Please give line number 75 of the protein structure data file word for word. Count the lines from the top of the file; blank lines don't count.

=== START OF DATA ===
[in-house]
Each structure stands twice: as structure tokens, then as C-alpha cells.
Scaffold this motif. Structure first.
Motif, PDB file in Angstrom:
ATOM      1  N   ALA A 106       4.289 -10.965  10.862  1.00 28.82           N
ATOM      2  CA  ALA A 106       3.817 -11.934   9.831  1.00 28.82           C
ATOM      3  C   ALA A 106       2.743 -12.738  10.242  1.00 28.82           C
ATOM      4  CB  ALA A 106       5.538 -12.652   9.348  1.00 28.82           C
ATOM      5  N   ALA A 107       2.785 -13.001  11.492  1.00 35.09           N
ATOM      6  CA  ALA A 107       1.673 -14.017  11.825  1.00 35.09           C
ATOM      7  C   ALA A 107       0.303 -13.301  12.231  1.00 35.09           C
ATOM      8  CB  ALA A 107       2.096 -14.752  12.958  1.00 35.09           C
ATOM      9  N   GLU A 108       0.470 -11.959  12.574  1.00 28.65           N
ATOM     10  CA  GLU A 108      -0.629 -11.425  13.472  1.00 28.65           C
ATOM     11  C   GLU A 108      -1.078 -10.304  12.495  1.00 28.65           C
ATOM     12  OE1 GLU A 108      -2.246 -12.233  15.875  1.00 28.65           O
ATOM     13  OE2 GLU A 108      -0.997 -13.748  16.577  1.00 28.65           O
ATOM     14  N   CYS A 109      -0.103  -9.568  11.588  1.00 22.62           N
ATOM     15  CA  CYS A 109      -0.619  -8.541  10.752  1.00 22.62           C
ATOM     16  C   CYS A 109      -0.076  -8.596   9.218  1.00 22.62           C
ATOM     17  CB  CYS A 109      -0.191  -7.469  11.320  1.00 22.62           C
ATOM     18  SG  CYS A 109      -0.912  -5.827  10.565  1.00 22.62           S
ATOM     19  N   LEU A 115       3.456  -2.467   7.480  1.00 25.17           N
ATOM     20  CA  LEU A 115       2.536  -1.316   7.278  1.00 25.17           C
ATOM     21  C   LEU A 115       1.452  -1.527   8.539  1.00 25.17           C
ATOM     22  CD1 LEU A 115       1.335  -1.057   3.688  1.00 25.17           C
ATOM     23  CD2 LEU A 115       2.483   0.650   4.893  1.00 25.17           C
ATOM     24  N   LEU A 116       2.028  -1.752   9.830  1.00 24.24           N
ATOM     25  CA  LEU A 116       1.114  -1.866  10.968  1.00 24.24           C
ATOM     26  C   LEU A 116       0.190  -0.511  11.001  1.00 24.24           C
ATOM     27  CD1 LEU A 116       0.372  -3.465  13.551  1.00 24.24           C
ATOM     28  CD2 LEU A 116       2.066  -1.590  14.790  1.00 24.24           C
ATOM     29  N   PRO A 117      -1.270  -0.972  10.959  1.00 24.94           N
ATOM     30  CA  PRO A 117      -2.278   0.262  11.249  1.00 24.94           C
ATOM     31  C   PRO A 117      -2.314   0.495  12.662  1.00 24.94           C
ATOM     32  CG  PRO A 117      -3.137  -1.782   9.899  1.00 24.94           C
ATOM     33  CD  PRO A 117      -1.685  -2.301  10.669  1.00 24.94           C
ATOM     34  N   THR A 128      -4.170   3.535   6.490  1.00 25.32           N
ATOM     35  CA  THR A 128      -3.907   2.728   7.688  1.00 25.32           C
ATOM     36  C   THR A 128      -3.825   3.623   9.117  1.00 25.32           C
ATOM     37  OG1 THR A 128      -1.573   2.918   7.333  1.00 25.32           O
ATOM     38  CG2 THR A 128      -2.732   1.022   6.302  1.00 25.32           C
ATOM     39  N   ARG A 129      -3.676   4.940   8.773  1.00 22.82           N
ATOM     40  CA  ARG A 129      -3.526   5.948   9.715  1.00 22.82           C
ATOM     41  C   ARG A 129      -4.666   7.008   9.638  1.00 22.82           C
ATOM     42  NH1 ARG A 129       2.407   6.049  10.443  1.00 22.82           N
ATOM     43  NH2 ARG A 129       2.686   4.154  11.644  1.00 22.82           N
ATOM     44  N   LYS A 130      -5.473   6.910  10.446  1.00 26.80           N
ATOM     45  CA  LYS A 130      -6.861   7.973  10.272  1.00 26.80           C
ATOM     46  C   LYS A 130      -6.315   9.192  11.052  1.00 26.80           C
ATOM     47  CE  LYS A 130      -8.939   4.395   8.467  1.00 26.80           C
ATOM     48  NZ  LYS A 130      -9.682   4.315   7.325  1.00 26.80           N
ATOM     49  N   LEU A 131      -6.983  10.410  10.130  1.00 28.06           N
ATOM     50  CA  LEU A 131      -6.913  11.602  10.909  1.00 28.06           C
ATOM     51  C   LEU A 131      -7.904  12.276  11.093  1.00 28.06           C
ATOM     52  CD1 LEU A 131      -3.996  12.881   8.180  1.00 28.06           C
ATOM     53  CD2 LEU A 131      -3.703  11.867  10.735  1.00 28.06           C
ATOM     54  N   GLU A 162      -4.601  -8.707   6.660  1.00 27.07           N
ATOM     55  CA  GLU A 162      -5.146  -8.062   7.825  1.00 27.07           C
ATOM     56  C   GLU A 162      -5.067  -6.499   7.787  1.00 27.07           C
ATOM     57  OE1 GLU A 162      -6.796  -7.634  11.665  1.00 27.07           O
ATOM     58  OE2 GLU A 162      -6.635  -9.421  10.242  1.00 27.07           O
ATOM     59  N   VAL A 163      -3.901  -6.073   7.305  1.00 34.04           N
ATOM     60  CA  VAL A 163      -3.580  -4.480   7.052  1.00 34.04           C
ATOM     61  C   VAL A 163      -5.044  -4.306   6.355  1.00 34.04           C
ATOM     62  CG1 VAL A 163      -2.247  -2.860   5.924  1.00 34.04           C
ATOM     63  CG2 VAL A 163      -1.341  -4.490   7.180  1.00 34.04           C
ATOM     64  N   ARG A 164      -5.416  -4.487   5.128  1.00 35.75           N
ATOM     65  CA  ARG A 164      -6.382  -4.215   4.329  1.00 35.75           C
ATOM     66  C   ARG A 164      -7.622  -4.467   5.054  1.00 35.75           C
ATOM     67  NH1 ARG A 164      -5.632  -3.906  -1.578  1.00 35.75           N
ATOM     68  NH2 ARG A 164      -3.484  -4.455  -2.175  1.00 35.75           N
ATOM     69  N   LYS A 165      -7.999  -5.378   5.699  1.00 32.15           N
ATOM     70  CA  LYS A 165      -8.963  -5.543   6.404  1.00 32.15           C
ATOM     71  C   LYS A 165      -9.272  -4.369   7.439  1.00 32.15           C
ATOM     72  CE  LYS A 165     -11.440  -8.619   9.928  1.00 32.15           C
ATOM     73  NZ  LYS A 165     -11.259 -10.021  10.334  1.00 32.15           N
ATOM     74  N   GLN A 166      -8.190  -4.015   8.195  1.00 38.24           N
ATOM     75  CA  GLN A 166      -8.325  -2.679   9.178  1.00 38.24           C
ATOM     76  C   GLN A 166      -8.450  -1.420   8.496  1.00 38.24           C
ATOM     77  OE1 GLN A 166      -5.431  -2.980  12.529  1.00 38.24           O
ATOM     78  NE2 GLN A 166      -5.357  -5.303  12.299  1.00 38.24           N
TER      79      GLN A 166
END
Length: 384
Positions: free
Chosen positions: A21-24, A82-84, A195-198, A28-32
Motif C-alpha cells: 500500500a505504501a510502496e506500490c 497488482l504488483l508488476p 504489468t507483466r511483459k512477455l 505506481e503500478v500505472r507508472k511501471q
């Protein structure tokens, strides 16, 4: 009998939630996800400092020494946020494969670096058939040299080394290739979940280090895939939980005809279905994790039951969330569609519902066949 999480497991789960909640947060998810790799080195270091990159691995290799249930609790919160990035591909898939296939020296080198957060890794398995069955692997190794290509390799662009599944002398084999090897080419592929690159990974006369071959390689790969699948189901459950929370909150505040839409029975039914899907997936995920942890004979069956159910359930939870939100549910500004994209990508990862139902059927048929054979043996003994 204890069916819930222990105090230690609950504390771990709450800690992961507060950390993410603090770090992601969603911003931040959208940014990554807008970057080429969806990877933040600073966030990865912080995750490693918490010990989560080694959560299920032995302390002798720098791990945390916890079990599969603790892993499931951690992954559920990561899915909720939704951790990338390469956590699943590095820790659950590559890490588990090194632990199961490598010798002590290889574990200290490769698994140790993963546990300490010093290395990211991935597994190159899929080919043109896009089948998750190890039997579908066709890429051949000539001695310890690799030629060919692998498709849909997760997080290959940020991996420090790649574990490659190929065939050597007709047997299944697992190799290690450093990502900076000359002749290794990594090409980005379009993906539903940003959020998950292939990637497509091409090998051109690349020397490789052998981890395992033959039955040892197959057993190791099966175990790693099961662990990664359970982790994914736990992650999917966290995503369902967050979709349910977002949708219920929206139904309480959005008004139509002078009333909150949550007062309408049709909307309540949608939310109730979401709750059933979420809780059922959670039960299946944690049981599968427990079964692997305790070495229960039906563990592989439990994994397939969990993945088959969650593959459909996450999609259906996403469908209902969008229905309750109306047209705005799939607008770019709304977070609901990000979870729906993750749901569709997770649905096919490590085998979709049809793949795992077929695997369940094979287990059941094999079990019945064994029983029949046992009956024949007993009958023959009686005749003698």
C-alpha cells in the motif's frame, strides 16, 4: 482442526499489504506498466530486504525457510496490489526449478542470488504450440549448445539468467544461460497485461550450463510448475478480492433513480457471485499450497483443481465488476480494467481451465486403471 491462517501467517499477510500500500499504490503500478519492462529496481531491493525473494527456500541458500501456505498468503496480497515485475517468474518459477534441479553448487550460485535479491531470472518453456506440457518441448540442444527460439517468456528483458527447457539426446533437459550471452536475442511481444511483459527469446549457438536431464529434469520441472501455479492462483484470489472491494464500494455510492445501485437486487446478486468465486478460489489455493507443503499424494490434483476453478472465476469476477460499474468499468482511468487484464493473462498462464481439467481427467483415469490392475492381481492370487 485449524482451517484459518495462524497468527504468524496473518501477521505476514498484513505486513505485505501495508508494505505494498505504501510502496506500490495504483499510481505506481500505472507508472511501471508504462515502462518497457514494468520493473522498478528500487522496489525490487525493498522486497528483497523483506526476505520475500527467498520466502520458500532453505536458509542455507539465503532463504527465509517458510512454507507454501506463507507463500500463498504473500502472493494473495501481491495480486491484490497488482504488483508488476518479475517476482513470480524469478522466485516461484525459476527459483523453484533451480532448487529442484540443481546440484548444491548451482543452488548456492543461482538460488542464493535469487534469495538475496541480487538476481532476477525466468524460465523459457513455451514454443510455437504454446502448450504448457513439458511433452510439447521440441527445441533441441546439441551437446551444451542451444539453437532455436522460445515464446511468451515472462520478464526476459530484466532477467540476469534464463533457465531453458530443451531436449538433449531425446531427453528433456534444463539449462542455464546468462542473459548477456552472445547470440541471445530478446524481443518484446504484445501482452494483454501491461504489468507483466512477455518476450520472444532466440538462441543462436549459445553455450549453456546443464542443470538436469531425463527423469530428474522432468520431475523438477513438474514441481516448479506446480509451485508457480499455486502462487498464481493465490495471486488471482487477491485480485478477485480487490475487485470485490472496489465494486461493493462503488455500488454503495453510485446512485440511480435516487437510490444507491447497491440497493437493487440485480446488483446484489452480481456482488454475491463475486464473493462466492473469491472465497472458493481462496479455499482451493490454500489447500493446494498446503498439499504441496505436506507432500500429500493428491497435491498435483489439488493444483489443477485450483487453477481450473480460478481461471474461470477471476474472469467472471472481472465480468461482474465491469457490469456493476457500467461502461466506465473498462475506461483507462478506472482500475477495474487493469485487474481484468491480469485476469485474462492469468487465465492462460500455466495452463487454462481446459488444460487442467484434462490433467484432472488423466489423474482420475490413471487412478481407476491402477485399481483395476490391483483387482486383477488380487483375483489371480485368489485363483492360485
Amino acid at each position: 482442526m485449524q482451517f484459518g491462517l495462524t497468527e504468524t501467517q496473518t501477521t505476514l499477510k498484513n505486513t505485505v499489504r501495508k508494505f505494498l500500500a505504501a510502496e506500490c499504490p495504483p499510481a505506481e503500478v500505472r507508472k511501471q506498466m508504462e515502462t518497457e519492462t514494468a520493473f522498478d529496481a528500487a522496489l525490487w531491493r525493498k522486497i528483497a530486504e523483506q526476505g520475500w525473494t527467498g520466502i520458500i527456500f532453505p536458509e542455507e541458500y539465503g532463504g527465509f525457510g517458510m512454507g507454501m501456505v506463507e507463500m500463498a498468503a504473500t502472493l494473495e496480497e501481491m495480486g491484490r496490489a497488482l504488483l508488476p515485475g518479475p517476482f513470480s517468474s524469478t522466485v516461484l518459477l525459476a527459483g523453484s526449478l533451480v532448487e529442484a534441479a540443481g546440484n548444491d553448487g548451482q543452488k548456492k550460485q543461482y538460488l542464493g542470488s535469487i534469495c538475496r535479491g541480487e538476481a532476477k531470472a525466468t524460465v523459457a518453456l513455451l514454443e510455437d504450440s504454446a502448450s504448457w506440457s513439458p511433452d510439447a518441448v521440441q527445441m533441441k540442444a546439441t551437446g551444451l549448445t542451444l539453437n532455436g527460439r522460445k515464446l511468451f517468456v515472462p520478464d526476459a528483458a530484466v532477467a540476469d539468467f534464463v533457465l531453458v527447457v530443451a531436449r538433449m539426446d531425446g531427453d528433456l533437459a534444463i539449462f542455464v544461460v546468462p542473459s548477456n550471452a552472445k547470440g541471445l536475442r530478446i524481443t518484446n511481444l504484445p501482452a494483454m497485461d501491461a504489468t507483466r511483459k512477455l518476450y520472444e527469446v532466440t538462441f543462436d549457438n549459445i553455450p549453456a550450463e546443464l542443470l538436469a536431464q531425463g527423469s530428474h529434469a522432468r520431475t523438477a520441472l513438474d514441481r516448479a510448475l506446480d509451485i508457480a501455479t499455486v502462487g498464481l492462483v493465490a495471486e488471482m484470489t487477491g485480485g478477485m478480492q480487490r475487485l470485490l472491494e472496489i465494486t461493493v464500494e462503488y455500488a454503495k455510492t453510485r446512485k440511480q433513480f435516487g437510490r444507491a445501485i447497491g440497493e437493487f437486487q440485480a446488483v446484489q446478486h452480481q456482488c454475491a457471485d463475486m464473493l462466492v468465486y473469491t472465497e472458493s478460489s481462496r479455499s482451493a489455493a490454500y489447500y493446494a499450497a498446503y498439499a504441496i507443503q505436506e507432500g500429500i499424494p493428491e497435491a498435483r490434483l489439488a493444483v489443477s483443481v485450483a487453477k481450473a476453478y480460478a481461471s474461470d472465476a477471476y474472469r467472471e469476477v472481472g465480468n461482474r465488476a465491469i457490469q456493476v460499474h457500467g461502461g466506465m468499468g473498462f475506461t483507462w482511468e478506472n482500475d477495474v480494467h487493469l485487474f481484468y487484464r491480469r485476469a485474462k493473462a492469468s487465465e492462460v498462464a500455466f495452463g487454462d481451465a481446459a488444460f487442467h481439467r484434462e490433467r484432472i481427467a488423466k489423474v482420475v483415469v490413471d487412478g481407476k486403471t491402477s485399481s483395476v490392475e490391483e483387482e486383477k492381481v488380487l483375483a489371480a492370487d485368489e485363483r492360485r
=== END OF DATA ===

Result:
ATOM     71  C   LYS A 165      -9.272  -4.369   7.439  1.00 32.15           C